Page 30: of Maritime Reporter Magazine (January 15, 1981)
Heavy-Lift Derrick Barge
Can Lift Up To 400 Tons
IV /' r/
An innovative and versatile system using Lucker hydraulic pulling machines to operate a crane, to pull or tension as re- quired, has been incorporated into the derrick barge Mr. "2" Hooks (shown in drawing above), re- cently outfitted by its owner,
Portable Marine Structures, Inc. of Houston.
The heavy-lift barge was de- signed for medium offshore and heavy inshore work, at a rea- sonable daily cost. It features a 400-ton sheerleg derrick utilizing twin load lines. Also on the barge is a 150-ton auxiliary revolving crawler crane for general lifting and rigging requirements.
The barge will meet the de- mand for a unitized barge out- fitted for heavy lift, pull or ten- sioning operations in marine sal- vage, demolition and marine con- struction. The 180-foot-long raked bow and square stern barge has a beam of 70 feet and a depth of 12 feet. It has crew quarters and a four-point mooring system.
Each of the load lines operates independently, each utilizing a 150-ton hydraulic machine. This is an important advantage in compensating for uneven loads and reducing common sling and equalizing problems. Jibs and rig- ging can be attached to the 110- foot-long sheerleg to increase the crane's reach for other special jobs.
Ingalls Awarded Fourth
Keyes Offshore Contract
For Jackup Drilling Rig
Keyes Offshore, Inc. of Hous- ton, a major drilling rig owner and contractor to the offshore in- dustry, has contracted with Ing- alls Shipbuilding of Pascagoula,
Miss., to build another Friede &
Goldman L-780, Mod 2 jackup drilling rig. This is the fourth rig that Keyes has awarded to
Ingalls during 1980.
The rigs are designed to oper- ate in 15 feet to 300 feet of water and drill up to 25,000 feet. The 5,500-ton mobile units are 180 feet long and 275 feet wide, and have accommodations for 56 per- sonnel. This will bring the total rigs owned or operated by Keyes
Offshore to seven.
Ingalls, a designer and builder of marine structures for com- merce and defense since 1938, is the only North American con- tractor currently building the
L-780 jackups under Friede &
Goldman license. Ingalls, also a major overhauler and modifier of offshore drilling rigs and barges, is constructing the new rigs at its modern 800-acre facility in
Ingalls has a total of 14 rigs presently under contract, includ- ing ten L-780 jackups, with de- liveries extending to July 1982.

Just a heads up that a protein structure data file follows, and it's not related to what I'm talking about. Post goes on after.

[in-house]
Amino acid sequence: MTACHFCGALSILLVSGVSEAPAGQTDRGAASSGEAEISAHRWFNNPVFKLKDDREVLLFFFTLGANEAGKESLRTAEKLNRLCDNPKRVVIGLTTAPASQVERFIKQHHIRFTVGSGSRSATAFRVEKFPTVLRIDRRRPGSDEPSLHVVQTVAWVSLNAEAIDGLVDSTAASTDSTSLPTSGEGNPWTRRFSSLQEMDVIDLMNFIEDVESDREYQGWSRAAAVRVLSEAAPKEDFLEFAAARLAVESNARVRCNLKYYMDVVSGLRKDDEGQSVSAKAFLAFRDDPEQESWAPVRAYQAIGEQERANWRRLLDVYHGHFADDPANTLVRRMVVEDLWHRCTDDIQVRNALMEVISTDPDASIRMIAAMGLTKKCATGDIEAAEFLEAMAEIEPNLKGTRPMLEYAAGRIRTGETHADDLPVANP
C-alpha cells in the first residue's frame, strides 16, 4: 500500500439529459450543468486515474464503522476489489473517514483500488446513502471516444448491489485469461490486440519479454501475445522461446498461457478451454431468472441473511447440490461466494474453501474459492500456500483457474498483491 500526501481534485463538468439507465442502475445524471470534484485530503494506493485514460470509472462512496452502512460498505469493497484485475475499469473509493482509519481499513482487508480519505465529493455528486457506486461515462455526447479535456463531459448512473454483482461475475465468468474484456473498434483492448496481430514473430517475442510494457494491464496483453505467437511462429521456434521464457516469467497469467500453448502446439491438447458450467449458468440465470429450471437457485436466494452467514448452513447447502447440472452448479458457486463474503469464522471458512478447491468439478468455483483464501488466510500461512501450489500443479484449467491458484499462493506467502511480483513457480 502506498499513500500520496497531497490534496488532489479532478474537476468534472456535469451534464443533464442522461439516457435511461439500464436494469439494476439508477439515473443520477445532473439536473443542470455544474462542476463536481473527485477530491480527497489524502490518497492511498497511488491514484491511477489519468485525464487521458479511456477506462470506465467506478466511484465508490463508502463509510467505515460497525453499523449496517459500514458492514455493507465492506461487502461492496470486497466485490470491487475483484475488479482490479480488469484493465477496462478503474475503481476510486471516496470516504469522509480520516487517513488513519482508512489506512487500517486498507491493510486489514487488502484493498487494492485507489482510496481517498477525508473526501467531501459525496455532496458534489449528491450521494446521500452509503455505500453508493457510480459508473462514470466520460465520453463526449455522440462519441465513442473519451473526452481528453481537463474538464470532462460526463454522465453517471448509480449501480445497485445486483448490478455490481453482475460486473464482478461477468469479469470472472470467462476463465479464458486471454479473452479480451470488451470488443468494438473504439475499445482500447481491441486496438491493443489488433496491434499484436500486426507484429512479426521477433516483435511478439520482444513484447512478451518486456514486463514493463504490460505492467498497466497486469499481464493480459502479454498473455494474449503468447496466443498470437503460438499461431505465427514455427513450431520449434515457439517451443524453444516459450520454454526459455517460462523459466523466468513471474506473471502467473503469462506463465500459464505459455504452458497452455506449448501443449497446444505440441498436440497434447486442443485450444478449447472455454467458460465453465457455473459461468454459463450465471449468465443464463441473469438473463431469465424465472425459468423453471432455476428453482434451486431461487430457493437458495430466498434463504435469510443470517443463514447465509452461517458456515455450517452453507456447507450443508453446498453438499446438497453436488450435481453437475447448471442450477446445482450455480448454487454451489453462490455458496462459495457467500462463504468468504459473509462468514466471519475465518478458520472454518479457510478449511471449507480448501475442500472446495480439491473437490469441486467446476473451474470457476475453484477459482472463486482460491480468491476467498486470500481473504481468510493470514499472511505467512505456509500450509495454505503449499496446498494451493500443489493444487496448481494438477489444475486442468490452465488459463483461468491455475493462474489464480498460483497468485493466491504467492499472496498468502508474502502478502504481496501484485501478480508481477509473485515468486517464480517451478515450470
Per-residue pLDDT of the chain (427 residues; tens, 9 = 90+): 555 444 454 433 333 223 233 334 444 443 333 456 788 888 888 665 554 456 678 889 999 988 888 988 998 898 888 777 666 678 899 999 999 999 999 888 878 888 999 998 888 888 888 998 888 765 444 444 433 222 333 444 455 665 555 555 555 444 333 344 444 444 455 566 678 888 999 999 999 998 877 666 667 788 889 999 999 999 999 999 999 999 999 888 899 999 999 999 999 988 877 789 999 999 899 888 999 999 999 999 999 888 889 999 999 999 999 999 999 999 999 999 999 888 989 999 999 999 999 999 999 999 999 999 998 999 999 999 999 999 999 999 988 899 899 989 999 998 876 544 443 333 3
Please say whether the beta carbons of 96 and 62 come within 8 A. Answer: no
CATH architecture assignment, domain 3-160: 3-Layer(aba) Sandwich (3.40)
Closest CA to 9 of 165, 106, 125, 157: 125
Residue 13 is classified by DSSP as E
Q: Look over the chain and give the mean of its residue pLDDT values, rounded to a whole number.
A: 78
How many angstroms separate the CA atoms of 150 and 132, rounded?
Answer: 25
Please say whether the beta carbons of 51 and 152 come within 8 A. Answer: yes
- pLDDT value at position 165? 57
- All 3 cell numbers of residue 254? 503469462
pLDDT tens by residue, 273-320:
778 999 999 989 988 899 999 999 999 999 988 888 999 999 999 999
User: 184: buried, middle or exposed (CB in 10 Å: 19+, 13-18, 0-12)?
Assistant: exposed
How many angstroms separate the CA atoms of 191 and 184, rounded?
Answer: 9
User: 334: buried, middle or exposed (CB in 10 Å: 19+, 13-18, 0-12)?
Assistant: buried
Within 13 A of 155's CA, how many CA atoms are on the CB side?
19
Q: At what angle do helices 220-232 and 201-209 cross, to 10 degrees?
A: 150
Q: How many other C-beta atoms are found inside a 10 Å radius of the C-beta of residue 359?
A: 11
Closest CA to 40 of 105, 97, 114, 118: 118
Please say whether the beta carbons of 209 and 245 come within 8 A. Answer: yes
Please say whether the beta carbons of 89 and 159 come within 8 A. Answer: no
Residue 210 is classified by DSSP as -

Jacksonville P.A. To Spend $25.5 Million To Expand
Blount Island Facility
The Jacksonville Port Author- ity has budgeted nearly $34 mil- lion for capital improvement projects in the coming year, ac- cording to John R. Mackroth,
Jacksonville Port Authority man- aging director. The planned ex- penditures are almost equally di- vided between the Marine and
Aviation Divisions. However, op- erating revenue will fund the greater portion of the marine projects, while federal and state government grants, if available, will be used to pay for most of the aviation improvements. "Scheduled for the Marine Di- vision is a 1,150-foot extension of the marginal wharf and ex- pansion of the container storage area at Blount Island," Mr. Mack- roth said. "This work is expected to cost $25.5 million and will take three years to complete. It will be financed in part with a $25- million revenue bond issue, $6.7 million of which will be spent in fiscal 1981."
Another $9.9 million in operat- ing funds will be used to pay for the remaining capital projects, he said. They include $3.8 million to complete an import auto process- ing complex on Blount Island on which construction was begun in fiscal 1980, and construction of a security gate and truck inspec- tion facility, utility plant im- provements, and an equipment storage complex, all at Blount
Island. $1.6 million is scheduled to be spent on land improvements to provide additional paved open storage space. The closure wharf across Slip Two will be completed but the remainder of the project, including the filling in of Slip
Two, is expected to take another two years.
W.H. Lockwood Named
Vice President For
William H. Lockwood
William H. Lockwood has been elected vice president of Inter- ocean Management Corporation, it was announced recently by
George P. Steele, president of that Philadelphia-based vessel management firm. Vessels cur- rently being managed by the com- pany include, among others, two 400,000-dwt tankers, the largest built in the U.S.
Mr. Lockwood's main responsi- bility will be in special projects undertaken by the company, as well as the operations and engi- neering areas. He has been em- ployed in various capacities with- in Interocean Management and predecessor companies since 1967.
His duties have included opera- tions superintendent, manager of ship construction, and most re- cently, assistant vice president in charge of a newly formed foreign operation.
For Metric Tube
Introduced By Voss
A portable hand tube bender designed for metrically dimen- sioned tube has been introduced by Voss, Incorporated, Columbus,
Ohio. The bender mounts conven- iently in any standard vise to bend steel, aluminum, and copper tubes with minimum effort.
Made of high grade, rust re- sistant carbon steel, the Voss bender uses lightweight die seg- ments that can be changed quick- ly to accommodate tube sizes of 10, 12, 14, 15, 16, 18, 20, and 22- millimeter OD.
In addition to metric tube bend- ers, Voss manufactures precision metric steel tube fittings, fully annealed seamless steel tubes in metric sizes, made-to-order hy- draulic hose assemblies, and high- pressure ball valves.
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